(Re)generate: (find-psne-intro) Source code: (find-eev "eev-intro.el" "find-psne-intro") More intros: (find-eev-quick-intro) (find-eval-intro) (find-eepitch-intro) This buffer is _temporary_ and _editable_. It is meant as both a tutorial and a sandbox. We mentioned briefly in (find-pdf-like-intro "2. Preparation") that there are two "natural" ways to store a local copy of a file from the internet... here we will discuss the second way, in which the conversion from URL to a local file name works like this: https://tannerlectures.utah.edu/_resources/documents/a-to-z/c/Coetzee99.pdf -> $S/https/tannerlectures.utah.edu/_resources/documents/a-to-z/c/Coetzee99.pdf
1. Local copies of files from the internetEmacs knows how to fetch files from the internet, but for most purposes it is better to use local copies. Suppose that the environment variable $S is set to ~/snarf/; then running this * (eepitch-shell) * (eepitch-kill) * (eepitch-shell) mkdir -p $S/http/www.gnu.org/software/emacs/ cd $S/http/www.gnu.org/software/emacs/ wget http://www.gnu.org/software/emacs/emacs-paper.html echo 'http://www.gnu.org/software/emacs/emacs-paper.html' >> ~/.psne.log # (find-fline "$S/http/www.gnu.org/software/emacs/emacs-paper.html") # (find-eww "$S/http/www.gnu.org/software/emacs/emacs-paper.html") creates a local copy of `emacs-paper.html' inside ~/snarf/http/ and appends the URL to the file ~/.psne.log. The two lines in comments are hyperlinks to the local copy; The `find-fline' opens it as a file in the obvious way, and `find-eww' opens it "as HTML", using a text-mode web browser called eww that runs entirely inside Emacs.
2. The old way: psneA long time ago eev used to include a shell function called `psne' that ran all that with a single command. This: psne http://www.gnu.org/software/emacs/emacs-paper.html would run the `mkdir', the `cd', the `wget' and the `echo' above. If psne were just a shell script then it wouldn't be able to change the current directory for the calling shell, so it had to be defined as shell function instead of a script, and the user had to patch his ~/.bashrc (or ~/.zshrc, or whatever) to install the definition for psne and make it available. That was VERY clumsy. From now on we will use "psne" as a verb: to psne a URL means to download a local copy of it into the right place, change to its directory and save its name into the file "~/.psne.log".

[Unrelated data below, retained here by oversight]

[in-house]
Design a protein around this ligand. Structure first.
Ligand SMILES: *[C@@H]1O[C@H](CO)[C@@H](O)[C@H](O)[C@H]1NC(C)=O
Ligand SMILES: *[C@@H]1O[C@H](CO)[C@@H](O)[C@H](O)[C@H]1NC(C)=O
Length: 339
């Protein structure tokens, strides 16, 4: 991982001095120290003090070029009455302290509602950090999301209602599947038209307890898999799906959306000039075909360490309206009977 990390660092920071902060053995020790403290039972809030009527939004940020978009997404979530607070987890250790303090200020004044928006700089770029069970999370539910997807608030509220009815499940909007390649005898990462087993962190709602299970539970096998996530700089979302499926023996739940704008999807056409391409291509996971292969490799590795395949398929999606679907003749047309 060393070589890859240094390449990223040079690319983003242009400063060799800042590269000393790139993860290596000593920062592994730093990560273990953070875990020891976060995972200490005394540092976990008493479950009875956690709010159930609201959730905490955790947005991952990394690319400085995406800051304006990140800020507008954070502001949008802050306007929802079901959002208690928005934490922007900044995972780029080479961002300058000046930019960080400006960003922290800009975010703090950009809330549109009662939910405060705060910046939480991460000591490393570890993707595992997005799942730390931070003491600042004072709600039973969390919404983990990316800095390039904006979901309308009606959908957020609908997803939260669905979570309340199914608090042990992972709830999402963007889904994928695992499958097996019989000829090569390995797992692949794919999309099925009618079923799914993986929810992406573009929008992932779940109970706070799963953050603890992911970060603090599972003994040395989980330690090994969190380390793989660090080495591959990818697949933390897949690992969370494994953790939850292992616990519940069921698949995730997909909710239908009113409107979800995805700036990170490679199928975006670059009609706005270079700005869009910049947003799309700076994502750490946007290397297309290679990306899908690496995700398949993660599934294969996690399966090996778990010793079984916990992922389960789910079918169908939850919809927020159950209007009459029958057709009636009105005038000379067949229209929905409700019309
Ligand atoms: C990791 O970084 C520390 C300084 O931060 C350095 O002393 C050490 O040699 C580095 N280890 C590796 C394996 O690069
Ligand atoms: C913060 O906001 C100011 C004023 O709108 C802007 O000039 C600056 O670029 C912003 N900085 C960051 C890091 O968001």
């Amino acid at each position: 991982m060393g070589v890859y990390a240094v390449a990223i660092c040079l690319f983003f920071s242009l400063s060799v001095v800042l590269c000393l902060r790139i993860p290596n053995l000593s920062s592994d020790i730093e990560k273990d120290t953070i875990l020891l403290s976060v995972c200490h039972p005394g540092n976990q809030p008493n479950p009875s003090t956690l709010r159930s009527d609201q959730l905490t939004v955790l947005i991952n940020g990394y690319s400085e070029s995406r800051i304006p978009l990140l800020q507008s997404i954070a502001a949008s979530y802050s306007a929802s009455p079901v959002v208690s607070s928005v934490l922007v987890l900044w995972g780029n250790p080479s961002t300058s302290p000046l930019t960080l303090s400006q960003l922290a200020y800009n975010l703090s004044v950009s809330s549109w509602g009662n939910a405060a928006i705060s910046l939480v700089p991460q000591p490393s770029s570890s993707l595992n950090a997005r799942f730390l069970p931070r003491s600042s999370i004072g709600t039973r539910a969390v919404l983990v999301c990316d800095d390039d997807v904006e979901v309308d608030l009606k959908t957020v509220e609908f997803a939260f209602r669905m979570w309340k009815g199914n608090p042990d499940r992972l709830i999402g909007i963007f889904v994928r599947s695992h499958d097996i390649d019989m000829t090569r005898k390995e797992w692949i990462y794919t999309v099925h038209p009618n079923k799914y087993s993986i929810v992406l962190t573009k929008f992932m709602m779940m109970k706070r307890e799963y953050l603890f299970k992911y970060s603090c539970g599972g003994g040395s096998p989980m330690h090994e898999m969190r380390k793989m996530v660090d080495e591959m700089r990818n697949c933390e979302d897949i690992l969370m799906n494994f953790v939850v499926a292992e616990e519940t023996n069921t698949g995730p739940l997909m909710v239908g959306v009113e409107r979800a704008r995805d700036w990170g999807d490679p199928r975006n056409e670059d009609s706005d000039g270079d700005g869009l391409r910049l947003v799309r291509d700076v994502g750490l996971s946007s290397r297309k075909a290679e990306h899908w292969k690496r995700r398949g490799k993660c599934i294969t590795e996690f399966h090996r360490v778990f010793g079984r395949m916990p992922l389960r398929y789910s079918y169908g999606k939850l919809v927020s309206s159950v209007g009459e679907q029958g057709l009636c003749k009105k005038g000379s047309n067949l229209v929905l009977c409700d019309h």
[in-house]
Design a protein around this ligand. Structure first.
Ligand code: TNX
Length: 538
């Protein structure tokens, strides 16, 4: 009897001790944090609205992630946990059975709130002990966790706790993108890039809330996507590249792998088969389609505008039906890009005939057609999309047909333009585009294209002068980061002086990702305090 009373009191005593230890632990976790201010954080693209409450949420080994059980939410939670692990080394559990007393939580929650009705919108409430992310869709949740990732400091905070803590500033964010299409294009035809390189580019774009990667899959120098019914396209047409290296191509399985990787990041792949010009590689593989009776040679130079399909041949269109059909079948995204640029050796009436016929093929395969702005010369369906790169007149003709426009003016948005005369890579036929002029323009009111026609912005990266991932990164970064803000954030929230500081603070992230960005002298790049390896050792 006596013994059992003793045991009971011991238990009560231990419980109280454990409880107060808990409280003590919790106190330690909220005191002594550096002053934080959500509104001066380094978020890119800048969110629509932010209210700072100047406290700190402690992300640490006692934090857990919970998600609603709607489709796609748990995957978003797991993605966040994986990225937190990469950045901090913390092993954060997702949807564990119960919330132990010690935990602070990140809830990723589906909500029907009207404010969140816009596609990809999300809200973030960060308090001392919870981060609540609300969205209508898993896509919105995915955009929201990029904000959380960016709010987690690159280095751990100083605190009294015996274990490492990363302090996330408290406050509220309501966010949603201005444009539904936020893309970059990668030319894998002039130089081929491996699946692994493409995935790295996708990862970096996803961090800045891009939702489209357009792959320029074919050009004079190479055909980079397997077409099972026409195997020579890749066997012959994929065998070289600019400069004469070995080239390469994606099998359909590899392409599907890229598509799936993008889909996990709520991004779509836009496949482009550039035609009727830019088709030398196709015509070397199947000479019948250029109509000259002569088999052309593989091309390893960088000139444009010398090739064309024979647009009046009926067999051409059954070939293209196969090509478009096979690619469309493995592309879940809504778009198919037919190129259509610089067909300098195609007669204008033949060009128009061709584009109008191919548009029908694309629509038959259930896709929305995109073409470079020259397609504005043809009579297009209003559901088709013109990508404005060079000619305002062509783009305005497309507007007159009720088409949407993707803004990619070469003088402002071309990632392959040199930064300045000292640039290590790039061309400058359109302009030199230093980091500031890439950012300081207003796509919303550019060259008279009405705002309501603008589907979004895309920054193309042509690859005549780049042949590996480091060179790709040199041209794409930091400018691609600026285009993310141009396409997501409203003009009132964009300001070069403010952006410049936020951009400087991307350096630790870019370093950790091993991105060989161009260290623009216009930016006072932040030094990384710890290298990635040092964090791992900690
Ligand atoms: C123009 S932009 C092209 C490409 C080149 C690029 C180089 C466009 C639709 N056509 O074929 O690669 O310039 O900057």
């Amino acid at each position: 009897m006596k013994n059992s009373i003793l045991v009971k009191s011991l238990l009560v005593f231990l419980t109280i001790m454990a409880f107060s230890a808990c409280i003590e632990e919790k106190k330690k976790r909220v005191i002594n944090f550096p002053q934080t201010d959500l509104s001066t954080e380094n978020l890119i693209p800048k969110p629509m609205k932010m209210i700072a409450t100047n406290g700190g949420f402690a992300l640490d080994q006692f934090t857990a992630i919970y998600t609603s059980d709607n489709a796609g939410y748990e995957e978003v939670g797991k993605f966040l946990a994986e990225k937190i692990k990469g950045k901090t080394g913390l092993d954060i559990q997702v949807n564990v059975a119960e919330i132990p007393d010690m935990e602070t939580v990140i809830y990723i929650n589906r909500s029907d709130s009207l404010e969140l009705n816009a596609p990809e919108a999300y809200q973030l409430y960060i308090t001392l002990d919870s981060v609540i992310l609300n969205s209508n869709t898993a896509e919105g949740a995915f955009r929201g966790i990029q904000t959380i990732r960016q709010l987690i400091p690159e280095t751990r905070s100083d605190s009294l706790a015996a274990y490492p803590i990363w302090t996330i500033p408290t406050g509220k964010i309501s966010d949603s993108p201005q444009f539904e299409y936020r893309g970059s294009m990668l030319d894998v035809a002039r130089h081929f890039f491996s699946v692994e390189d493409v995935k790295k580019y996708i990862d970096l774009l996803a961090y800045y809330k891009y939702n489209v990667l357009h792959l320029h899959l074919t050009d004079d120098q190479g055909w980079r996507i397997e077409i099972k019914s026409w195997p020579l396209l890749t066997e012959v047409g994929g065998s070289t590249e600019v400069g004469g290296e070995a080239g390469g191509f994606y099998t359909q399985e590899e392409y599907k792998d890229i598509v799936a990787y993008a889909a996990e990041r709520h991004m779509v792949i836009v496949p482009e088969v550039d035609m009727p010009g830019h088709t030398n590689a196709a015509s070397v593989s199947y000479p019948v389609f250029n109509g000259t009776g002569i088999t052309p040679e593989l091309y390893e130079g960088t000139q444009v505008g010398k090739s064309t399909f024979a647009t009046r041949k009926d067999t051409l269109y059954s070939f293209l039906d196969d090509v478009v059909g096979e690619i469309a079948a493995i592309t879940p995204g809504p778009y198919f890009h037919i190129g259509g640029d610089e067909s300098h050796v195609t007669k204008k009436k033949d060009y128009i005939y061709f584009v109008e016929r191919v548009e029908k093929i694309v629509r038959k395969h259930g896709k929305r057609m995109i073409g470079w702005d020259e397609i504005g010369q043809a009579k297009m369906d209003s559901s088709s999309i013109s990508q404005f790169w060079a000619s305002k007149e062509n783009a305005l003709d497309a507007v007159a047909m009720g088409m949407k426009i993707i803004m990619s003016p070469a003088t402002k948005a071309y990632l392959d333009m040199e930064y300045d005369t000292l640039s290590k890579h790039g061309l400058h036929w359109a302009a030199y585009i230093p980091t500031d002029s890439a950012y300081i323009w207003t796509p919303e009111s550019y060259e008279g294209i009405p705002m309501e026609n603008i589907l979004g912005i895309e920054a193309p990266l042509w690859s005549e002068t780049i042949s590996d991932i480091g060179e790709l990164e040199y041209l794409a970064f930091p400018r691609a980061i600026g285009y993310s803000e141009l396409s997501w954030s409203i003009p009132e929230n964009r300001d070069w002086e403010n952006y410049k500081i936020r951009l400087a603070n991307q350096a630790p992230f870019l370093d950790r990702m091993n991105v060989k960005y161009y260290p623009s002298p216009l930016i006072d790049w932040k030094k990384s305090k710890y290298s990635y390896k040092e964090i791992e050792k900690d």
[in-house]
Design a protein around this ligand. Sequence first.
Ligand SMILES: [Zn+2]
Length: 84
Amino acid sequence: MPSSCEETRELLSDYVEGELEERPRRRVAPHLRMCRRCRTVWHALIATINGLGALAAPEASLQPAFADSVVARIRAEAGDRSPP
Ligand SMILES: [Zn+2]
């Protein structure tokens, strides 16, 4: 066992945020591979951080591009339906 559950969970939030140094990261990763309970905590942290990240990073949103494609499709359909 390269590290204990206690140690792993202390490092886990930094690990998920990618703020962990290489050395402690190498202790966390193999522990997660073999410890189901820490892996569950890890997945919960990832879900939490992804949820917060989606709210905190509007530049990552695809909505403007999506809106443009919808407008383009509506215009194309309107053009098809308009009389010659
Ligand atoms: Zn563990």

3. The new way: `M-x brep'Try to run this: (find-psne-links "http://www.gnu.org/software/emacs/emacs-paper.html") or, equivalently, put the point on the URL below and then run `M-x brep': http://www.gnu.org/software/emacs/emacs-paper.html You will get a temporary buffer for psne-ing the URL above. It will contain a `mkdir', a `cd', a `wget' and an `echo', plus an eepitch block and some elisp hyperlinks, and it can be executed with `F8's. Moral of the story: the "new" way to download a local copy of a url is to put the point on it, then run `M-x brep', then execute the resulting e-script. This does not require any patching of rcfiles, as the shell-function version of `psne' used to do.
4. The environment variable $SIf when eev is loaded by Emacs the environment variable $S is unset, it will be set to a default value - namely, to the expansion of "$HOME/snarf". Processes started from Emacs, such as shells created with `eepitch-shell' or `find-sh', or external terminals created by sexps like (find-bgprocess "xterm") (find-bgprocess "gnome-terminal") (find-bgprocess "eterm") will then inherit that value. Try it: (getenv "S") (find-sh0 "echo $S") * (eepitch-shell) * (eepitch-kill) * (eepitch-shell) echo $S Try also to create an external shell not from Emacs - for example, from your window manager's list of available applications, or from a text-mode login - and run "echo $S" there: you will notice that $S is unset. Old versions of eev used to require the user to run a script that would patch his rcfiles (i.e., ~/.bashrc, ~/.zshrc, etc) to set $S on startup. That turned out to be unreliable - it was better to teach people how to distinguish those processes that inherit $S from Emacs from those that don't, and let the experts patch their rcfiles by hand.